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Ballet Talk for Dancers

"B-Plus" position


Agnes1022

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My teacher used "B-Plus" term to describe what I can best describe as an unstretched tendu en arriere. Is there a technical term for "B-Plus", what is the origin of the words "B" "Plus", and what is the correct leg/foot position for it?

 

 

It means Balanchine + with the cou de pie back and B- or Balanchine - which is with the cou de pie in the front.

It is just an american invention.

In the US is the only country that I know that translate steps names and directions from original french.

Tendu side on the floor.

Tendu a la second a terre

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Mel Johnson

The term seems to have originated in places surrounding NYCB, like SAB. Why, I don't know, but it appears a lot in Balanchine, but is not exclusive to his work. And every place I've been in the world has quite a few local nicknames and shorthand for various steps and poses.

 

Still waiting for an answer relating to Labanotation, mentioned above.

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appleblossom

It sounds the same as RAD 'classical pose' - does anyone know if it is?

 

That is what I was thinking too

 

Me too. Is there a picture of B+ anywhere?

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Victoria Leigh

Find a photo of any corps de ballet standing in a pose, and 99% of the time it will be B+ :shrug:

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  • 4 weeks later...
It means Balanchine + with the cou de pie back and B- or Balanchine - which is with the cou de pie in the front.

 

Ha! :shrug: So what is that position called where the foot crosses in front past the standing foot (it's sometimes used in parallel as a stretch, or as a neoclassical pose).... B~ ?

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Actually, the "B" is two triangles joined at a vertex with the + sign, which signifies this pose in Labanotation. (I finally looked it up!) And the opposite of this attitude derriere par terre is, of course, attitude devant par terre.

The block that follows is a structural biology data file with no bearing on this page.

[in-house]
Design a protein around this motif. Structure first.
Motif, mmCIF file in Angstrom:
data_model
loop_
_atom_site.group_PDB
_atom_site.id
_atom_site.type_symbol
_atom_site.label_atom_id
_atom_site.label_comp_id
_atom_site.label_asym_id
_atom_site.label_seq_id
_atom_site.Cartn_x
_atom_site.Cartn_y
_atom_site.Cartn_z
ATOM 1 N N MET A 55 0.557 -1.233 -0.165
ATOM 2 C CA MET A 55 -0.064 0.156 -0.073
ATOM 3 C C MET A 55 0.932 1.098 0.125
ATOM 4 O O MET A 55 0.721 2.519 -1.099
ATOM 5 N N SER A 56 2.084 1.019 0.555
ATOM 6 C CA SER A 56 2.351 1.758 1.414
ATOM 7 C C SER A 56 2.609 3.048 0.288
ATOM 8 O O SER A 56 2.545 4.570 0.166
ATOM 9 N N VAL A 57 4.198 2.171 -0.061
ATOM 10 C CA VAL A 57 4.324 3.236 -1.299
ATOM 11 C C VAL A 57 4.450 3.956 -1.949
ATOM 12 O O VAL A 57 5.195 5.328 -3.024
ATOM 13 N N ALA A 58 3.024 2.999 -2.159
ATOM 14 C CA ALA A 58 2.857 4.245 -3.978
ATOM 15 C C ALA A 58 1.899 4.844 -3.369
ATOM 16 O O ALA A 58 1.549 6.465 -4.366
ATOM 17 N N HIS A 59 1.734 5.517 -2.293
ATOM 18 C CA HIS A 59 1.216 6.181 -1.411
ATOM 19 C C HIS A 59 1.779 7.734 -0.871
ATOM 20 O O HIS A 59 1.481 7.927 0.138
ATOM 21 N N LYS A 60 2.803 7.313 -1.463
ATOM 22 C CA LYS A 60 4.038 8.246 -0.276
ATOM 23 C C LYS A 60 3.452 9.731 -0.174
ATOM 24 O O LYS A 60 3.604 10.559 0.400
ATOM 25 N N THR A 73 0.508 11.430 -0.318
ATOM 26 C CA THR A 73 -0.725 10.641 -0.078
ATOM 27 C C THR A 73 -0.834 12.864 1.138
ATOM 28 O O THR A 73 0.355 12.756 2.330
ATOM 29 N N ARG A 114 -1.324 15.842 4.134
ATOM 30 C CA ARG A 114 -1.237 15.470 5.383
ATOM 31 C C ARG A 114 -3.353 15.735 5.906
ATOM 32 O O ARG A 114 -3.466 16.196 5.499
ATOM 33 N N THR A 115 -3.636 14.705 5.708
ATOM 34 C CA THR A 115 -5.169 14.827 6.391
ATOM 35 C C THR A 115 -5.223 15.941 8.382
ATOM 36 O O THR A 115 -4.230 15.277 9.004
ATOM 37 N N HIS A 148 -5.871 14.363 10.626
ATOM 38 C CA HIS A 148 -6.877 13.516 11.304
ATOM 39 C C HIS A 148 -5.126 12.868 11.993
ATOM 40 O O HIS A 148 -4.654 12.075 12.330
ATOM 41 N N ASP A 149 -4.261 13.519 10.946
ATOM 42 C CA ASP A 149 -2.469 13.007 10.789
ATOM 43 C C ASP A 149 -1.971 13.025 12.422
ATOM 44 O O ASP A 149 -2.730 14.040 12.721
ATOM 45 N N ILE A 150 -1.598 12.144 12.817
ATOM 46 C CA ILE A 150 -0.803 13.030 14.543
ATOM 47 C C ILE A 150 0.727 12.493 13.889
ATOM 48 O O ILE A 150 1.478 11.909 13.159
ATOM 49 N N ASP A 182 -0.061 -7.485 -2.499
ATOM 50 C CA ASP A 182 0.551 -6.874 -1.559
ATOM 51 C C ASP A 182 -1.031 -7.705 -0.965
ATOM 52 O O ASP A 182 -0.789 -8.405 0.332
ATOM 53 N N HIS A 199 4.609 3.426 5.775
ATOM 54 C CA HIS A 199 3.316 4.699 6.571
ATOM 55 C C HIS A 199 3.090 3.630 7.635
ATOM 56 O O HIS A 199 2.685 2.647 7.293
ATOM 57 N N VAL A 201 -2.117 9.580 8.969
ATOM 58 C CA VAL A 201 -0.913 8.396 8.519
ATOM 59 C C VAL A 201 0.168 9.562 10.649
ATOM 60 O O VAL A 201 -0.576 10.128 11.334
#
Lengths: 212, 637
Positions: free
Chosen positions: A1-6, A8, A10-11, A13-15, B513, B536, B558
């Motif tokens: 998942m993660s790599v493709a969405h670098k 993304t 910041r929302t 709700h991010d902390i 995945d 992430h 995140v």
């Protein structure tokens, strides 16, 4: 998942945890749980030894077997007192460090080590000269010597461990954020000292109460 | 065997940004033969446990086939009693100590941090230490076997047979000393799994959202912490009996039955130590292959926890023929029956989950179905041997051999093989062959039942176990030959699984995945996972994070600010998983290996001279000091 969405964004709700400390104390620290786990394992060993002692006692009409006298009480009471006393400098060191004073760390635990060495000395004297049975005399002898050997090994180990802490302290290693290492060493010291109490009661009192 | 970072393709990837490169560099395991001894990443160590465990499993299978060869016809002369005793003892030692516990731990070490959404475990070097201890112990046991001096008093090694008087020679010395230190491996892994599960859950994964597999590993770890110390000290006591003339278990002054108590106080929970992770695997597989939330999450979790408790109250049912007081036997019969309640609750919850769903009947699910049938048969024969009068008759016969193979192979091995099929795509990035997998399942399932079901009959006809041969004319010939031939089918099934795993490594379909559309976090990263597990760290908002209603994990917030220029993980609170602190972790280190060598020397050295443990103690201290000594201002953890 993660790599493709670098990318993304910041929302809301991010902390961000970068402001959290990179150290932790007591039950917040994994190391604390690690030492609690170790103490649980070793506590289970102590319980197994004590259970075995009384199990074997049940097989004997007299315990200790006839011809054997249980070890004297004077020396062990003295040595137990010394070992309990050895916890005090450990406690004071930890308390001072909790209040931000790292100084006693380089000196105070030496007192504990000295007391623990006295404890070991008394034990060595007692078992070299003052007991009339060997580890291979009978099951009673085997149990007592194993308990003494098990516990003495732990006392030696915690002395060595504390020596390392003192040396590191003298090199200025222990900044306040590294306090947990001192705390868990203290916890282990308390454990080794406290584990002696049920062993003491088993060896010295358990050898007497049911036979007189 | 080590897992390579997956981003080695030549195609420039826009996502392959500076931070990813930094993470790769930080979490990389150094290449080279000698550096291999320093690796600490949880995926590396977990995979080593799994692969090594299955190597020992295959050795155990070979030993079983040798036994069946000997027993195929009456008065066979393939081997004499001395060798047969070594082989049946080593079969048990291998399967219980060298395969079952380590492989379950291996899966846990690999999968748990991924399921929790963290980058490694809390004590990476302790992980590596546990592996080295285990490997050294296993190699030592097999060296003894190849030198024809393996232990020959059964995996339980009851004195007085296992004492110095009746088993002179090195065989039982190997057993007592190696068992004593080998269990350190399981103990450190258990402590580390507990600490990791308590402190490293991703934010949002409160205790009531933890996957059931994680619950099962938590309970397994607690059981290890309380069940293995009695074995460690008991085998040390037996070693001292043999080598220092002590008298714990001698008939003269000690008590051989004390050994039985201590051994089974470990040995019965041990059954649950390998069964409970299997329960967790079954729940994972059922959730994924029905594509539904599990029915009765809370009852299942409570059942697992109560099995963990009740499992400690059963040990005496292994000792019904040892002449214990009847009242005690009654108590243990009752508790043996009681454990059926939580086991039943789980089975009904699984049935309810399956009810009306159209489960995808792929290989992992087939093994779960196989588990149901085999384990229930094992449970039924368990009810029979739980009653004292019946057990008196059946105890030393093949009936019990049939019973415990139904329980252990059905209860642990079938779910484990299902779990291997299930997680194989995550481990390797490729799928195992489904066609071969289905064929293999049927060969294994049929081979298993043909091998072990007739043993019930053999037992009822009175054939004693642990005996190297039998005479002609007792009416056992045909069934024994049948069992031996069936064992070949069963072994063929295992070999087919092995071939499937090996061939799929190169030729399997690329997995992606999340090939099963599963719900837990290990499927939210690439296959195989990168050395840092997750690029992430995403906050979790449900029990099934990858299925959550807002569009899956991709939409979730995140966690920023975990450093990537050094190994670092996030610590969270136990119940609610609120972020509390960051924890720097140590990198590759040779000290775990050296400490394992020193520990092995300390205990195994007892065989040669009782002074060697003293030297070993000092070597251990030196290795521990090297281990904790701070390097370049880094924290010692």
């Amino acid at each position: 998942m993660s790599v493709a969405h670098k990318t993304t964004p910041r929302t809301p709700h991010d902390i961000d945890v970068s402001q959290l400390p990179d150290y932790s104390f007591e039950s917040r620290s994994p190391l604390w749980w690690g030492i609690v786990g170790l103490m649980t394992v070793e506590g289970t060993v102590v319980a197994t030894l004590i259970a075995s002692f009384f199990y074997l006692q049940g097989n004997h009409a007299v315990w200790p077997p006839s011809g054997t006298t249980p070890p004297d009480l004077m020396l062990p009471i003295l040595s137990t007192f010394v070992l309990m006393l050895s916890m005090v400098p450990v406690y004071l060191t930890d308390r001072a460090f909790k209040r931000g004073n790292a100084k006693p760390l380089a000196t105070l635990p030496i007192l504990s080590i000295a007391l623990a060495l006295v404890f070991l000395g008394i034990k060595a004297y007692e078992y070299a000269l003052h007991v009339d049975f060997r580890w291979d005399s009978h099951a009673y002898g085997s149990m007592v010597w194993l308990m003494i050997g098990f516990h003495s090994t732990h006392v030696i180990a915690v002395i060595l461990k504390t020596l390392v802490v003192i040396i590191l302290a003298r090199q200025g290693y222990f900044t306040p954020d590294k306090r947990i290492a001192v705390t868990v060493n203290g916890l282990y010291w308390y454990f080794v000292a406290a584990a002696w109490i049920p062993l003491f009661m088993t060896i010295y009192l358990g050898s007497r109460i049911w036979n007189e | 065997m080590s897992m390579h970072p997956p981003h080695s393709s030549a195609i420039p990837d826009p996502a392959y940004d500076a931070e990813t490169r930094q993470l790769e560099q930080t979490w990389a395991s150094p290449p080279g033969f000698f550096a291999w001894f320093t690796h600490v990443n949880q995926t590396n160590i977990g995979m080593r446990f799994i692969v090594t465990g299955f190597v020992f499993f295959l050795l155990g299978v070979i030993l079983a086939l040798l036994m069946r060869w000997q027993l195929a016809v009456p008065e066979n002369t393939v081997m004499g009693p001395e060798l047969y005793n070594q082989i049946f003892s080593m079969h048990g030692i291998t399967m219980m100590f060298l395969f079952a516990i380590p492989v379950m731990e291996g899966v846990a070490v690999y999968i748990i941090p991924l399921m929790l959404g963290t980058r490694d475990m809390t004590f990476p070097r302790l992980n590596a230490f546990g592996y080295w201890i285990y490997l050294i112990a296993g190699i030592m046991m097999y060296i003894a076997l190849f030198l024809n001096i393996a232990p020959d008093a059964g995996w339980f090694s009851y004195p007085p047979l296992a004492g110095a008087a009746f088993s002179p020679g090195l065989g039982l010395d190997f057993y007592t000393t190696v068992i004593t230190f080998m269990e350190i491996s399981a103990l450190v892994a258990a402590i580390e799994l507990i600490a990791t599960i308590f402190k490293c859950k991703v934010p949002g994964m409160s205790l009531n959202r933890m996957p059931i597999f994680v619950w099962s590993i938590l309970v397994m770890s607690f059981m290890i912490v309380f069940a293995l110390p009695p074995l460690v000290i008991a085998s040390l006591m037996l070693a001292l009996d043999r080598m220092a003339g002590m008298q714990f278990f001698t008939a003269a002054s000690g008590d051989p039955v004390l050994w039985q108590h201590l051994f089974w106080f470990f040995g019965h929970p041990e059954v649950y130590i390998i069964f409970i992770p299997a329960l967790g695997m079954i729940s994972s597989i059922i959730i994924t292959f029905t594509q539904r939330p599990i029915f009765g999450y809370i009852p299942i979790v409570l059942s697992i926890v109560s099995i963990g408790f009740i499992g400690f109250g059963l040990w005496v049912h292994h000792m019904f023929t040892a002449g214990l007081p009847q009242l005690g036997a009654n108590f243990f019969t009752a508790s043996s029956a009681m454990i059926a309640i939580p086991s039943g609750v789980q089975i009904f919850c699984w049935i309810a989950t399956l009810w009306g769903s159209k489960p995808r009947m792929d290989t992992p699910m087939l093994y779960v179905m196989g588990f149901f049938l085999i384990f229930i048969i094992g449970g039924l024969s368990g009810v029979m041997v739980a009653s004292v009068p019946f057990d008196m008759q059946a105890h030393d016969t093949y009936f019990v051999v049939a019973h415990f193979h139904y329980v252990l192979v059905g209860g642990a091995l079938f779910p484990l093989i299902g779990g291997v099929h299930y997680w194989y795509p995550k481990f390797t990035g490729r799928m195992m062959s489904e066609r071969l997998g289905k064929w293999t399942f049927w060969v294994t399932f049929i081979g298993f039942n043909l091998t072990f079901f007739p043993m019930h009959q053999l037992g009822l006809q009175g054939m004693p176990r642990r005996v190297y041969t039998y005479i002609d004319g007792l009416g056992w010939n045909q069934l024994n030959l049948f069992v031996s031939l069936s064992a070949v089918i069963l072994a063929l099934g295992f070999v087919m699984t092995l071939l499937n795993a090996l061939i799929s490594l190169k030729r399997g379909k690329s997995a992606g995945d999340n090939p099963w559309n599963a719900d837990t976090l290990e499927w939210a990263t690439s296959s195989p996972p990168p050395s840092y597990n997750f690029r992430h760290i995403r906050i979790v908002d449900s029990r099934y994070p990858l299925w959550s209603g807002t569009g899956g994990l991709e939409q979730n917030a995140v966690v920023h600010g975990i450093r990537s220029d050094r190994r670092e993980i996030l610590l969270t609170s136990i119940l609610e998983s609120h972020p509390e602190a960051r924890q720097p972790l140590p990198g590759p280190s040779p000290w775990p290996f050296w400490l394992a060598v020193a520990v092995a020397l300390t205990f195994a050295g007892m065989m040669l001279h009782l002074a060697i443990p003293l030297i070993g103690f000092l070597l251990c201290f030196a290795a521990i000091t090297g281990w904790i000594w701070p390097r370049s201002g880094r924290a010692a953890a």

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Actually, the "B" is two triangles joined at a vertex with the + sign, which signifies this pose in Labanotation.

 

Not sure where the + would come in Labanotation. The + in Labanotation is the hip joint. In Labanotation B+ would typically be written as a sort of trapezoid with an x below it and a hook attached to the side of it. Two triangles joined would be a cou-de-pied (or retire) which clearly not what is desired.

 

In Benesh there is a plus involved to signify the back knee bent. Could it have come from that?

 

I was always told the + in B+ referred to the shape of the legs crossing.

 

(MFA in Labanotation, basic Benesh skills)

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Where were you when I needed you, up on post #4? :D I had to try to dope out the Laban for it, and obviously got it wrong. I think that the name is some kind of pawky humor, perhaps involving notation, and perhaps not. Anne Hutchinson taught at SAB for a short time in the early '60s (Ford Foundation period), but the name B+ doesn't emerge until long, long after she had left. It's definitely not Benesh.

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kellyisthebestintheworld

That last one is a nice example of attitude à terre derrière effacé. The dancers appear to have only just got into position, and one or two don't quite have their knees connected yet, but once they fully arrive in position the knees will of course be held together. It also shows how only the inside corner of the big toe should be placed on the floor.

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